Cartridge guide



The different types of cartridge according to official terminology ( ETIRA Glossary)




Counterfeit 100% Blatant copy Looks and feels 100% like an OEM product – including product and packaging. Illegal use of OEM brand : brand, design and patent infringement
Clone Faux Looks confusingly similar to an OEM product, but no OEM brand, patented OEM technology replaced by inferior technology replacements (no patent infringement)
Clone Imperfect fake Looks like OEM at first sight (use of OEM brand), but in detail sophisticated, patented OEM technology replaced by inferior technology replacements (no patent infringement)
Clone No-name fake No OEM brand, but OEM patents and design infringed
Infringing compatible Functional copy Looks different, but OEM patent infringement
IPR free compatible Not a copy, IPR respecting, functional solution Looks different, no OEM brands used, no OEM patents used
Fair remanufactured Legal repair only Original patented OEM parts (real used parts), OEM brands removed
False remanufactured Remanufactured cartridge using illegal parts, see counterfeit Use of “new built” empties instead of used patented OEM parts, example; identical OEM copy, but sold as “remanufactured”
Infringing remanufactured Use of fake parts/IPR infringing components Use of legal OEM empties, patent infringing parts added (example; Canon toner gear coupling)
OER Empty or used cartridge A cartridge having been used and having completed one printing cycle.

The components of a laser cartridge

  • Toner : Resin-based powder, pigments and polyester or wax which enable electro-photographic prints in laser printers and photocopiers. Magnetic toner which contains iron oxide powder is distinct from non-magnetic toner.

  • Drum or OPC (Organic Photo Conductor) : Aluminium cylinder with a photosensitive coating onto which the laser beam (or LED) writes.

  • Developing roller : A roller with a conductive metal core and a moulded rubber and Teflon coating. Its role is to bring the toner in proximity to the surface of the drum on which a latent electrostatic image has been created.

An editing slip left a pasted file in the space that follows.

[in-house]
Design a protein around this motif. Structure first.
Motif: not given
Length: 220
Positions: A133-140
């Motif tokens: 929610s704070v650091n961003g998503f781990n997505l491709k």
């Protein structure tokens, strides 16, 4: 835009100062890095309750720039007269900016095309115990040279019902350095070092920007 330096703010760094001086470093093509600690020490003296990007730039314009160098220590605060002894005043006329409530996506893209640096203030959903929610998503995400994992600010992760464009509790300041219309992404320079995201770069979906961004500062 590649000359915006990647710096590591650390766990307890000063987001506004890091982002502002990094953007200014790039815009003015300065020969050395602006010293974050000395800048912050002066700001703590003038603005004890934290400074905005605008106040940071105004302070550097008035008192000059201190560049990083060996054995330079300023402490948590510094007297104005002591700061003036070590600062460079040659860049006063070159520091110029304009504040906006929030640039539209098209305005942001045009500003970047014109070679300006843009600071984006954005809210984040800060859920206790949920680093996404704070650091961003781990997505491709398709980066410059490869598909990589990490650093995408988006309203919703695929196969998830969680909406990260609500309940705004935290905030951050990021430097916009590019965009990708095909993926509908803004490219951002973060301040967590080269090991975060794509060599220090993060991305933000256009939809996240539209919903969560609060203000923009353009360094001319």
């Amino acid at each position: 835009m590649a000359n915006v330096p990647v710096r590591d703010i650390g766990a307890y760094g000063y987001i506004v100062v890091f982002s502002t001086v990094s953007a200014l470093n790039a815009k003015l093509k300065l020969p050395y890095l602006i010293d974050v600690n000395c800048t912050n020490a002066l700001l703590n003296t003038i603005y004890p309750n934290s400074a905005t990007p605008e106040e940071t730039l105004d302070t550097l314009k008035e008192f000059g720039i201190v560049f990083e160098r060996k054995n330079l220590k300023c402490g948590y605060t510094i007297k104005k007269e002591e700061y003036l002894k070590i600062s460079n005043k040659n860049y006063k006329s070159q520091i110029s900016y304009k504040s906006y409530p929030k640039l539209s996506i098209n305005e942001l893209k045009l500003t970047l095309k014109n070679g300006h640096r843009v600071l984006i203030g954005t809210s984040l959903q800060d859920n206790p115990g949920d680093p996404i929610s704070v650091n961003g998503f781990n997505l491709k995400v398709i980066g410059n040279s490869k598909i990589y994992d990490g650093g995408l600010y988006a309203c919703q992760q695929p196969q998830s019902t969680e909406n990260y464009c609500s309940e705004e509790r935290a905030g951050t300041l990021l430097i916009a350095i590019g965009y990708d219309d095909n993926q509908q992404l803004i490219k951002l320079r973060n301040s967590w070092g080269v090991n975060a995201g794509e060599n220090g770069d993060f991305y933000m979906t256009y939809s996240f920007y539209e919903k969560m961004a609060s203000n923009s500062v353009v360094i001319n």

• Magnetic roller : Has the same function as the developer roller but for magnetic toner. Its core is strongly magnetic, which attracts the toner, it has a metallic coating.

  • PCR (Primary Charge Roller) : A roller with a conductive metal core and a moulded rubber and Teflon coating. On contact with the OPC its surface is electrostatically charged before the passage of the printer’s laser beam.

  • Doctor blade : A metal or rigid polyurethane blade which controls the quantity of toner on the developing roller and negatively charges the toner by friction before it is transferred onto the OPC.

  • Wiper blade : a polyurethane blade in contact with the OPC which it cleans by removing the toner which has not been transferred to the paper.

  • Mylar : A very thin Mylar blade which ‘guides’ the toner to the waste reservoir after the scraper has removed it from the OPC. Without it the residual toner would drop onto the printed page.

  • Chip : Integrated electronic circuit which counts the number of impressions made by the cartridge and tells the printer the approximate level of toner remaining.

Did you know ? The six steps of the print cycle

  • 1 – Charging

    The PCR (Primary Charge Roller) negatively charges the surface of the OPC (Organic Photo Conductor), such that will electrostatically repel the toner.

     2 – Exposing

    Via a rotating mirror and converging lenses, the printer’s laser beam sweeps the surface of the photoconductor drum. The electrostatic charge of the drum will be cancelled at each point the laser beam ‘aims at’. The printer’s image is thus reproduced in a latent electrostatic form.

     3 – Developing

    The developing roller delivers the toner close to the surface of the OPC. The toner, already negatively charged by friction with the Doctor Blade, is attracted by those parts of the OPC which are the least negatively charged; those which have been exposed to the laser. In the case of a polyester or chemical toner, the developing roller is often fed by a foam roller, known as a toner adder roller. In the case of a magnetic toner, the developing roller has a strongly magnetic core (known as a magnetic roller), which directly attracts the toner.

  • 4-Transferring

    The paper is positively charged by the printer’s transfer roller and passes close to the rotating OPC. The negatively charged toner on the OPC is then attracted onto the paper.


    In practice about 5% of the toner on the OPC is not transferred to the paper. To avoid this being deposited on the next revolution, the surface of the OPC is physically scraped and the residual toner sent to the waste reservoir of the cartridge. The previous latent electrostatic image on the OPC is then erased by the PCR which uniformly recharges the surface of the OPC ready to start a new cycle …


    Immediately after the transfer of the toner from the OPC to the paper, the toner (and thus the reconstituted image) is only held in place by the static charge. The sheet of paper then passes through the fuser unit, where it is heated and pressed so that the toner melts and impregnates the fibres of the paper.